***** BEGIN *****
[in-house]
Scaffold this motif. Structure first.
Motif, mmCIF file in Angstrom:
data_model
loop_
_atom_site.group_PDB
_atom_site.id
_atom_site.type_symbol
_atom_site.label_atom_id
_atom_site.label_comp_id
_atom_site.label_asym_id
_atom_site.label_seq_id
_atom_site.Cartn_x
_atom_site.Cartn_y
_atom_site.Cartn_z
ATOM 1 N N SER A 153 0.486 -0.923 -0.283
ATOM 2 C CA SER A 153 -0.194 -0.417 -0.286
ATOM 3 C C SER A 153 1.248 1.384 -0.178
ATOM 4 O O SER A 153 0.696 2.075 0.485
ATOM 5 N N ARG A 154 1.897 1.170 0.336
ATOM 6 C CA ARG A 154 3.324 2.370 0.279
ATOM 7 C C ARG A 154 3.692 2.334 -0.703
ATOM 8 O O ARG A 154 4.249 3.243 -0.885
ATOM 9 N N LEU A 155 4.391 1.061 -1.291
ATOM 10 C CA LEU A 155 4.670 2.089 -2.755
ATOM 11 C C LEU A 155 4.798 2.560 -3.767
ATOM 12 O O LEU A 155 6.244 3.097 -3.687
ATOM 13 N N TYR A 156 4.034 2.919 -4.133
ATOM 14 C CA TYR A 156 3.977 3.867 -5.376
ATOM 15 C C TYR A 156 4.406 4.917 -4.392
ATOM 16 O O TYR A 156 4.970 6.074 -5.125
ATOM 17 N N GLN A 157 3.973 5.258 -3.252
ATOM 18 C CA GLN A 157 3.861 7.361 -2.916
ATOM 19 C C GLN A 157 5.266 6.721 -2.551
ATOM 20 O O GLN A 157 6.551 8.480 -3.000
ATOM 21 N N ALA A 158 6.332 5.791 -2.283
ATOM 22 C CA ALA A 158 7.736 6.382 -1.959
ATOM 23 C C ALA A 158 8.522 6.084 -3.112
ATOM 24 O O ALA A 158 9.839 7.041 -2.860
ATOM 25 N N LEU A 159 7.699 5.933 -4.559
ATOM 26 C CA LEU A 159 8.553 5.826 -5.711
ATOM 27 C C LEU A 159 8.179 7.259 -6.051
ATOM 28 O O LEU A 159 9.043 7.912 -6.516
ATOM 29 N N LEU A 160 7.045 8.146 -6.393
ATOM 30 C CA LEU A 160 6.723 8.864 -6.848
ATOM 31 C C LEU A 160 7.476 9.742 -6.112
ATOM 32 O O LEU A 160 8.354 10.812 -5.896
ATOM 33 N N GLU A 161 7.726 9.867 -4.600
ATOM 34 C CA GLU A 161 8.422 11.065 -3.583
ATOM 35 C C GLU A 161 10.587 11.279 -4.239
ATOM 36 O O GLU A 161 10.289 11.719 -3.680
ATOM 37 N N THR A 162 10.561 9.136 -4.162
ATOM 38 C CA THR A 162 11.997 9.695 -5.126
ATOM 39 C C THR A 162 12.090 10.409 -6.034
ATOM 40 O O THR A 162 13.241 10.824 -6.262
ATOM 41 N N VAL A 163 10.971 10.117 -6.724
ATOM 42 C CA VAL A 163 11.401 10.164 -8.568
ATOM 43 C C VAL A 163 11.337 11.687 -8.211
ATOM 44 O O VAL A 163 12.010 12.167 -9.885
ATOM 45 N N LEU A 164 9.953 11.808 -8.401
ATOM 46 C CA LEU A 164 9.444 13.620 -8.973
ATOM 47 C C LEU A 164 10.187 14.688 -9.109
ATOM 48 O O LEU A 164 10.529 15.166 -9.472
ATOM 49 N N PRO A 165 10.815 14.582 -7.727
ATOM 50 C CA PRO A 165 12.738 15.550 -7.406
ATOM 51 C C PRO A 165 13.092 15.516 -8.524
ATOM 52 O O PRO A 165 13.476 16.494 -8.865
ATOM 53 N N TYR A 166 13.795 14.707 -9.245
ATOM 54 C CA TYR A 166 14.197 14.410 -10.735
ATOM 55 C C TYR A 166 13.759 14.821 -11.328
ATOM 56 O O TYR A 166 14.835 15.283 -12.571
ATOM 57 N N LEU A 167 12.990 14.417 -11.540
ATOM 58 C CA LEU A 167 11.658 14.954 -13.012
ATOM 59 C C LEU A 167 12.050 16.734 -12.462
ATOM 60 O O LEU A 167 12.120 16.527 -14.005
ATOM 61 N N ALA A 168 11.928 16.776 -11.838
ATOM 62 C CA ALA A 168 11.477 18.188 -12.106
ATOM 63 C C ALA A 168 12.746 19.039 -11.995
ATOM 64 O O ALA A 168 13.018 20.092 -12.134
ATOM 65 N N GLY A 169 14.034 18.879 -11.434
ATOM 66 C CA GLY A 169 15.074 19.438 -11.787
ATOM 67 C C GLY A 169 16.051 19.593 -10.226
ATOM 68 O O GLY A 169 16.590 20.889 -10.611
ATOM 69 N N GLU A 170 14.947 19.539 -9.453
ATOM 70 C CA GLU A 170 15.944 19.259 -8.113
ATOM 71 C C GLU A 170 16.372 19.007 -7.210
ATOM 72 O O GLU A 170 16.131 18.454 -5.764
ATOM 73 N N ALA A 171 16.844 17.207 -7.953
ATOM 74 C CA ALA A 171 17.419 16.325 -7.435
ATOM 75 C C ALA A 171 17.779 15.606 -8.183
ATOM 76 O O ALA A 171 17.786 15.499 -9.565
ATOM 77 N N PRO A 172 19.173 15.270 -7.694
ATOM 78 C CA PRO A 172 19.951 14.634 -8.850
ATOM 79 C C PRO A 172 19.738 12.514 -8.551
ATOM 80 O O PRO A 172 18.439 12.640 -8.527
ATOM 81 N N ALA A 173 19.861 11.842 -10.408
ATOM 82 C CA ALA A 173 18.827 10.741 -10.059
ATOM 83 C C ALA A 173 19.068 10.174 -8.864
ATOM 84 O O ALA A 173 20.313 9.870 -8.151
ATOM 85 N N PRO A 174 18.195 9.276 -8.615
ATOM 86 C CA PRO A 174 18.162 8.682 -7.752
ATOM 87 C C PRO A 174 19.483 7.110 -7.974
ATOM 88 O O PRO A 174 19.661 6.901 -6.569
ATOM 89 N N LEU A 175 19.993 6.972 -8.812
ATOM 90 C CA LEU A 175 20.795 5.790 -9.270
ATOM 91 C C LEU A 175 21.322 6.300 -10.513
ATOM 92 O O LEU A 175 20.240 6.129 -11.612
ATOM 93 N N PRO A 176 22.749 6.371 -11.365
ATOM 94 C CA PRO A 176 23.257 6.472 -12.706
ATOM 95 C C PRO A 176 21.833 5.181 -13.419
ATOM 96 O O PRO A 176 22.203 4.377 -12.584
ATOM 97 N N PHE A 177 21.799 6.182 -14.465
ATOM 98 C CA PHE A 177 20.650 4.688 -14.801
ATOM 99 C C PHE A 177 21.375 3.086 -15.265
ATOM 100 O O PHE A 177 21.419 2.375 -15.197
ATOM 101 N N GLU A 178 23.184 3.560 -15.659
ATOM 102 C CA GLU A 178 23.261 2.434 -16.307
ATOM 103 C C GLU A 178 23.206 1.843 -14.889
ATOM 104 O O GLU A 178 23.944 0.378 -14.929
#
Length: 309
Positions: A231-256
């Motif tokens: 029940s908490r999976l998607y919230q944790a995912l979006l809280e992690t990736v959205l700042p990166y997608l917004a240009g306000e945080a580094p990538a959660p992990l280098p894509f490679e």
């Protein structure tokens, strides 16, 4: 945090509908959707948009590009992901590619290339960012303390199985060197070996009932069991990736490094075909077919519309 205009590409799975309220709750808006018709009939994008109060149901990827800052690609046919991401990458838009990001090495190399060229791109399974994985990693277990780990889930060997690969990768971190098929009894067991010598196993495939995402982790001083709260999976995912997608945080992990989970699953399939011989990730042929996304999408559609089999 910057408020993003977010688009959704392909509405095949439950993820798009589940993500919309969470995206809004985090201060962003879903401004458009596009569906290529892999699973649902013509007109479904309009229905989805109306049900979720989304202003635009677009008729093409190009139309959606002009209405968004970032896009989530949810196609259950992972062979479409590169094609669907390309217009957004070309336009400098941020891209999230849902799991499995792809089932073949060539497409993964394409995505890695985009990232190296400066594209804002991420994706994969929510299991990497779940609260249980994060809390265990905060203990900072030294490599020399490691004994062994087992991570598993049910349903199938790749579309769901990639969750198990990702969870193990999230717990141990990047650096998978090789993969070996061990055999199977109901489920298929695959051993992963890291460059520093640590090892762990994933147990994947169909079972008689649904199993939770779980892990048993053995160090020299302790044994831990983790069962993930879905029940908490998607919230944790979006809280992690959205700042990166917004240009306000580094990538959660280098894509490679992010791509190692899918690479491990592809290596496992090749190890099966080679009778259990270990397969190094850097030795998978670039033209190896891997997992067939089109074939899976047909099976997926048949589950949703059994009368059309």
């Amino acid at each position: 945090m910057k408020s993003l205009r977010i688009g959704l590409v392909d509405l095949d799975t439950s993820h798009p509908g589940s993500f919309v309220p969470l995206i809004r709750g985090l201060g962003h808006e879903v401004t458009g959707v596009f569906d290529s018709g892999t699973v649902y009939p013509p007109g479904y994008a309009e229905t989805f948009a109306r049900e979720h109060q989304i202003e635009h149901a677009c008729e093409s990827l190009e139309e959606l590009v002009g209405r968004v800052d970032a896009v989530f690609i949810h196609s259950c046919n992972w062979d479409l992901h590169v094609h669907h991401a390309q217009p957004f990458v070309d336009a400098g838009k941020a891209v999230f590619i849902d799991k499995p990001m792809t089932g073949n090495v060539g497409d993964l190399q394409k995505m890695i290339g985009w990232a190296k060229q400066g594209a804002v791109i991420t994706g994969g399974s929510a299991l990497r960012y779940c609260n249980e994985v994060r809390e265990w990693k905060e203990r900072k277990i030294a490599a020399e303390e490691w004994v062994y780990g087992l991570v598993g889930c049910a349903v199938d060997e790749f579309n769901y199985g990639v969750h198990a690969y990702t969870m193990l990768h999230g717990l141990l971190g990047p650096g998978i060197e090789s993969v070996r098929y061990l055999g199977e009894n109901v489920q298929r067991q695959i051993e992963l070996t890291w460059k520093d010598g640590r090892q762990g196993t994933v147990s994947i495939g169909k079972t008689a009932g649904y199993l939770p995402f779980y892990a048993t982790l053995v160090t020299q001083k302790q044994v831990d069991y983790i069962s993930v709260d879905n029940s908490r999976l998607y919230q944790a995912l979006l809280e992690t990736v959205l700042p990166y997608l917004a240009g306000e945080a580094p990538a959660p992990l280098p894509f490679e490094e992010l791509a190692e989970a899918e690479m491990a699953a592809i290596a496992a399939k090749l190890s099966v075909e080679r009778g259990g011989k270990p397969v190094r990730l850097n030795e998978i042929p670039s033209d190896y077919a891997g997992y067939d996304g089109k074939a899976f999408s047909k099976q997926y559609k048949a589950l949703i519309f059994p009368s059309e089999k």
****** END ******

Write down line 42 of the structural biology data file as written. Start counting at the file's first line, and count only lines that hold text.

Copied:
ATOM 27 C C LEU A 159 8.179 7.259 -6.051